Accompanied by John, a copper friend, Alex must first sort out his supply — he takes a shine to the cleaner American smack— then he must get into the business of question-asking, and almost instantly everything goes pear-shaped with the accidental but witnessed death of an interviewee. Now on the run— and learning that he is ‘wanted’ back in Ireland too— he goes underground. He meets the beautiful Amber, wife of Victoria’s boss, who controls CAW (Campaign for the American Wilderness), a sort of Republican answer to Greenpeace, and who sees himself as the next president of the United States. With Amber, murder, and a hero with a monkey on his back, all the parts of a classic noir are in place and it is a simple matter of lighting the blue touch-paper and standing well back.

I greatly enjoyed McKinty’s debut novel Dead I Well Be and at first sight some basic plot similarities between it and Hidden River worried me. Both heroes have some military or police training and both are forced out of Ireland, the Troubles being the catalyst, to the States. But these were mere niggles as the two books are totally separate items and therefore create the nice dilemma of ‘which is the best?’ Both contain some great, punchy writing, a nicely aggressive style when needed and some fine descriptive prose. Dead wins on humor, River on character. River is also closer to the traditions of classic noir. From an impressive debut to a rock-solid second, neither will disappoint and I am seriously looking forward to number three. MGS.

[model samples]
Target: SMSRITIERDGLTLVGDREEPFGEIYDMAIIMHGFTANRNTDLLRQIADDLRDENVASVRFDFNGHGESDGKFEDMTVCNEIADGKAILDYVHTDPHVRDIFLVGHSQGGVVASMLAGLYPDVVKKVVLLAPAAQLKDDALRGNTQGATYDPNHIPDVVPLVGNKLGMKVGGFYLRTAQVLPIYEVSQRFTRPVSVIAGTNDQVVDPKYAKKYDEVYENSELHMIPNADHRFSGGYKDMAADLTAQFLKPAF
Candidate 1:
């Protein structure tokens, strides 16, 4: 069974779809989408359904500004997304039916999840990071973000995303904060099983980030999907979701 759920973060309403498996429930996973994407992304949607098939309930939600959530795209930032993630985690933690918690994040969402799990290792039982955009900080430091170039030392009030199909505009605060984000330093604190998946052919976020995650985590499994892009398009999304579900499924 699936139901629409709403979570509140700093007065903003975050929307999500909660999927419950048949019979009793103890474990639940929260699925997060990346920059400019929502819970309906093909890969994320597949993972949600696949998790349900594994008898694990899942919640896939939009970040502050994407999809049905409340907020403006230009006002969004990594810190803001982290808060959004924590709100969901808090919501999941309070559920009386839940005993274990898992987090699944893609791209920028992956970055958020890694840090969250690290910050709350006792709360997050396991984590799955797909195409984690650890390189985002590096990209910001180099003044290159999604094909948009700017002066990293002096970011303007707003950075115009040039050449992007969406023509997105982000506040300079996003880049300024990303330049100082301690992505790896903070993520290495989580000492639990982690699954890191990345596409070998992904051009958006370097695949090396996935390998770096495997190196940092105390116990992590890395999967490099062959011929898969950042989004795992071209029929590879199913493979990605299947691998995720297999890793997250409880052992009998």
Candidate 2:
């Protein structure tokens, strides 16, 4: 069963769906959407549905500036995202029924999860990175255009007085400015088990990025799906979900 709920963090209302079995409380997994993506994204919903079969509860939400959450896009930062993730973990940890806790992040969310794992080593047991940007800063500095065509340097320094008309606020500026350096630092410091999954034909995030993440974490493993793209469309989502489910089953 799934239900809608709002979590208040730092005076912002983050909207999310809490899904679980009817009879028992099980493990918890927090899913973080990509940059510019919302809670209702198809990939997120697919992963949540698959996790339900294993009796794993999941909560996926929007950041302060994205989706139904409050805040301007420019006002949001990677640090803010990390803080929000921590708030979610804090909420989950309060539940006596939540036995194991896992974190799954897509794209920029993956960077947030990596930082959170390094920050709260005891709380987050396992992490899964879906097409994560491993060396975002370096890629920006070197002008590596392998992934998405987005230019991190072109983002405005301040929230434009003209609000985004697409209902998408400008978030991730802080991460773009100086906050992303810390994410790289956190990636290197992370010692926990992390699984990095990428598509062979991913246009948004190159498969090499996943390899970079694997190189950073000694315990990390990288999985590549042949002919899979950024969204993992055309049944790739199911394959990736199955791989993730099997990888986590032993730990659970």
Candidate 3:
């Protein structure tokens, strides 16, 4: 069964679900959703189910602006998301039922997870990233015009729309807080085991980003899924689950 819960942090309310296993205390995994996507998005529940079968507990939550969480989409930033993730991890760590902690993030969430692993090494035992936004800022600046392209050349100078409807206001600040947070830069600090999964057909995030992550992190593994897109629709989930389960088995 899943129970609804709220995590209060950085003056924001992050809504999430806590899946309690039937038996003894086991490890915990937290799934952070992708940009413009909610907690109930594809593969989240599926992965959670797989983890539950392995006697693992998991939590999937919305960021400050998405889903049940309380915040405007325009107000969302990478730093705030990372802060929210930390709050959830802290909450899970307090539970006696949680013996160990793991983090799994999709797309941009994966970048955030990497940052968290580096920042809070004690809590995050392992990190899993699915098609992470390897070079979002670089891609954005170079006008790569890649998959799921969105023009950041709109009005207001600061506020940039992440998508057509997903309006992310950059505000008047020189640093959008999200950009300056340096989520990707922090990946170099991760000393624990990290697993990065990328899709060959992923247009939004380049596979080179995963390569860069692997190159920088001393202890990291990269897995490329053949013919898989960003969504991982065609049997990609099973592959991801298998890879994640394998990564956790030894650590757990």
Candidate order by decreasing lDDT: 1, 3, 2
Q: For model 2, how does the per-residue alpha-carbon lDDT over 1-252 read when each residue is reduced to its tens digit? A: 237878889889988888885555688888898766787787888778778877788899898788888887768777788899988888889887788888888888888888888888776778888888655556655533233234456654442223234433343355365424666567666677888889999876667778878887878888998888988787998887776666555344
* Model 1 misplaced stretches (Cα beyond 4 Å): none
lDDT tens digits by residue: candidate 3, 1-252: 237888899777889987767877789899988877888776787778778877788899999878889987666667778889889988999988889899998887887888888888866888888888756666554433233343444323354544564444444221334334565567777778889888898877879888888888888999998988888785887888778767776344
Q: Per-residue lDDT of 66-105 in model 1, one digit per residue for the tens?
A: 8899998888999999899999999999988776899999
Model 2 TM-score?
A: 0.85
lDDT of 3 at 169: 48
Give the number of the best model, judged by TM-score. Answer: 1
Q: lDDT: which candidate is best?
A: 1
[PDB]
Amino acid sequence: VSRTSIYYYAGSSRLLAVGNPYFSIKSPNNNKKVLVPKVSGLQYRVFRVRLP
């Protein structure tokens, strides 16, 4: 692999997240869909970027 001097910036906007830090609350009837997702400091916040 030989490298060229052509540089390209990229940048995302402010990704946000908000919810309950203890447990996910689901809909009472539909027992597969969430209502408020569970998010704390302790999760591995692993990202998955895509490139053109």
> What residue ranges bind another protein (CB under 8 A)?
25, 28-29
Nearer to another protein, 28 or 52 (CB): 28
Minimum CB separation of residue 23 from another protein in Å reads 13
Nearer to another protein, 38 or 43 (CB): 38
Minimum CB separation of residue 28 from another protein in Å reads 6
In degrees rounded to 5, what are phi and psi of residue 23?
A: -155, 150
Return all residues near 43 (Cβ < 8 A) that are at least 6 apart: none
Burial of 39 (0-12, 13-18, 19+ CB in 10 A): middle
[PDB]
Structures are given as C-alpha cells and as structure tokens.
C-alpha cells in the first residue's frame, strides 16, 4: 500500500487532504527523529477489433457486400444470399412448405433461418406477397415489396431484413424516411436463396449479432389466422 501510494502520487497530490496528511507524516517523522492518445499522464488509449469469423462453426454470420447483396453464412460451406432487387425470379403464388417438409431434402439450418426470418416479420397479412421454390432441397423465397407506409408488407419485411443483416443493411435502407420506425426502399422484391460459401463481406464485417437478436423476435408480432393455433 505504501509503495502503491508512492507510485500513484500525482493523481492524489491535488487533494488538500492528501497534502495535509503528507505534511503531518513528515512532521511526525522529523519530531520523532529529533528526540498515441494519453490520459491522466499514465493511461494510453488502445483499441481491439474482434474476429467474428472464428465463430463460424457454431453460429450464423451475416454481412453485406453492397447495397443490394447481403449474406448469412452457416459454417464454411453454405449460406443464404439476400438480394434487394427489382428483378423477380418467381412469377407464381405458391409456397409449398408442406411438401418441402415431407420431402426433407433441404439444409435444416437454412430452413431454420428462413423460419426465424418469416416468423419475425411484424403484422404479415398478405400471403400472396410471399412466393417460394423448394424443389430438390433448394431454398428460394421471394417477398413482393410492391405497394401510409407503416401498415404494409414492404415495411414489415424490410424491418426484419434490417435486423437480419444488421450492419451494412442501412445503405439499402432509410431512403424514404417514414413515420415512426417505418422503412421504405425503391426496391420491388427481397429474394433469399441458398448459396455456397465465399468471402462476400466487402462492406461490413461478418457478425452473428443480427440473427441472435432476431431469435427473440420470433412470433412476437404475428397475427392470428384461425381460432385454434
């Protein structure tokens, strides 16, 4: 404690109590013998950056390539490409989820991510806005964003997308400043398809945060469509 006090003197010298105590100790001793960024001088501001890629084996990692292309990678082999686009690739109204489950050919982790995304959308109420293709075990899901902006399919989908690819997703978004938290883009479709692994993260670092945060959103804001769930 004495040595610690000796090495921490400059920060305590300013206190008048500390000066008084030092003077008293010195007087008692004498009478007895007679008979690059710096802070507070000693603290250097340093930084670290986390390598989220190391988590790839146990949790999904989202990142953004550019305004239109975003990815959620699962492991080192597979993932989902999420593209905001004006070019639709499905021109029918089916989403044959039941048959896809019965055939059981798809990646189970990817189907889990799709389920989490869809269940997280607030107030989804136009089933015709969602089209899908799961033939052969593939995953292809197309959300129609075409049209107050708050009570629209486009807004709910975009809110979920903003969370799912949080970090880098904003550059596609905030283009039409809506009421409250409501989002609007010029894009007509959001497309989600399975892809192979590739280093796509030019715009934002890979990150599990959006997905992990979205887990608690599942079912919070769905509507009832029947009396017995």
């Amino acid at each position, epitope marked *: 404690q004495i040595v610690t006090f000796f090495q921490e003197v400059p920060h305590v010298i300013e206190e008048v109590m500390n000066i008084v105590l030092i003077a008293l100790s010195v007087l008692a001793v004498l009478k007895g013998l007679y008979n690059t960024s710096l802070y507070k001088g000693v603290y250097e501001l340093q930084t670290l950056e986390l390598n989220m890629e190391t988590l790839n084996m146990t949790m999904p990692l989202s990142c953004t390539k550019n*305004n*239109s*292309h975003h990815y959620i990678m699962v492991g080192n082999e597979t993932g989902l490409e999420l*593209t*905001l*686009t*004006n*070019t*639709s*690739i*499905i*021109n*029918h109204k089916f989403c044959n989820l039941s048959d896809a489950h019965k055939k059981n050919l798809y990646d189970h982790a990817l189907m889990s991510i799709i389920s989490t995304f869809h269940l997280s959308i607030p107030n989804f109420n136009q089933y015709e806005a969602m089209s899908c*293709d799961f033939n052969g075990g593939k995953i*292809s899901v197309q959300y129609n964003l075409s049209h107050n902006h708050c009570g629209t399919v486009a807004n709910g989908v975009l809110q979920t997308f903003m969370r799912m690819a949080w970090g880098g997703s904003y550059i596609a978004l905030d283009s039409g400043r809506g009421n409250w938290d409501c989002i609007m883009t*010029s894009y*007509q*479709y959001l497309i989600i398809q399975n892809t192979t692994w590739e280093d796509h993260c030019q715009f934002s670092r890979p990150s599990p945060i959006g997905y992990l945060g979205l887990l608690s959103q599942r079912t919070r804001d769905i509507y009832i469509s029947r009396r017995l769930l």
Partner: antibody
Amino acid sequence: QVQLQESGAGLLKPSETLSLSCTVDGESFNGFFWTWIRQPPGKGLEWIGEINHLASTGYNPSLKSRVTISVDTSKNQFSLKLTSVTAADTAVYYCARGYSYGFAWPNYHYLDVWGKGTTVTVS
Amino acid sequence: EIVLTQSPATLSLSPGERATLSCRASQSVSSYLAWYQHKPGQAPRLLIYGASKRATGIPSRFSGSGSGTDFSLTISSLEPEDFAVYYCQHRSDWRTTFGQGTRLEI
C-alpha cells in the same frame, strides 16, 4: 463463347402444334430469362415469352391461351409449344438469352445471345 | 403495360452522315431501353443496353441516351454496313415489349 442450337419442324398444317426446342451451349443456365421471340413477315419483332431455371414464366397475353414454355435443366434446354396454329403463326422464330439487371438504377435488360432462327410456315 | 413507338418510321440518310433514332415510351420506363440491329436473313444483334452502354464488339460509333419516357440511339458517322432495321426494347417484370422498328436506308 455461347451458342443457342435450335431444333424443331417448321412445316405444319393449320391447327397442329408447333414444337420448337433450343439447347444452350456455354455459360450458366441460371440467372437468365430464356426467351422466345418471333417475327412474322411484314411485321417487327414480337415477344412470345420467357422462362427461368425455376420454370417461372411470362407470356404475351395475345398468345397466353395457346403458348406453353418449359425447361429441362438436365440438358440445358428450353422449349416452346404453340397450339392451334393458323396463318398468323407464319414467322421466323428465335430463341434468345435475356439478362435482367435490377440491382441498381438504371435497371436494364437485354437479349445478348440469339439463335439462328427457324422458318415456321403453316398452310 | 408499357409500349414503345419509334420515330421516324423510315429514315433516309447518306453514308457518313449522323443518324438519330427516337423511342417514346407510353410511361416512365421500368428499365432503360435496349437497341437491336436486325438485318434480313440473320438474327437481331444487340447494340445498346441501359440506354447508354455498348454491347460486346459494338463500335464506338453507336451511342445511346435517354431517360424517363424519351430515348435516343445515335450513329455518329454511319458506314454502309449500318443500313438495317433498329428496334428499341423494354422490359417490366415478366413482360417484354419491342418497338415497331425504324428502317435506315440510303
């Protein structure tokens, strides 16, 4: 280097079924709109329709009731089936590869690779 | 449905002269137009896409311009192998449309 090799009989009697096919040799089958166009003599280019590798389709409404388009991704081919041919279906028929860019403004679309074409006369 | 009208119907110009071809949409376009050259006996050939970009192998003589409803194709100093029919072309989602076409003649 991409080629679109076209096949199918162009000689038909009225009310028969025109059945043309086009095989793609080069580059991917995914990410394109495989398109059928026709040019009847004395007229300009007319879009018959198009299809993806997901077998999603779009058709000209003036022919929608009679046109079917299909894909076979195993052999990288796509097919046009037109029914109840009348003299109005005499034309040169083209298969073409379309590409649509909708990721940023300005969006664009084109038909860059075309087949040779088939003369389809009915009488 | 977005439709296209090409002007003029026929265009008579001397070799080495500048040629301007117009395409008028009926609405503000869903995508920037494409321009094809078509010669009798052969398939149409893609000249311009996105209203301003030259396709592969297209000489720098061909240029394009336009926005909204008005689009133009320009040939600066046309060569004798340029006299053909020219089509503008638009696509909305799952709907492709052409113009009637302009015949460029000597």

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Shadow Family by Miyuki Miyabe, Kodansha International 2005
Translated from the Japanese by Juliet Winters Carpenter

This is a neat little book that might be a breath of fresh air for jaded mystery readers fed up with guns, car chases and hasty, outlandish,  impossible endings.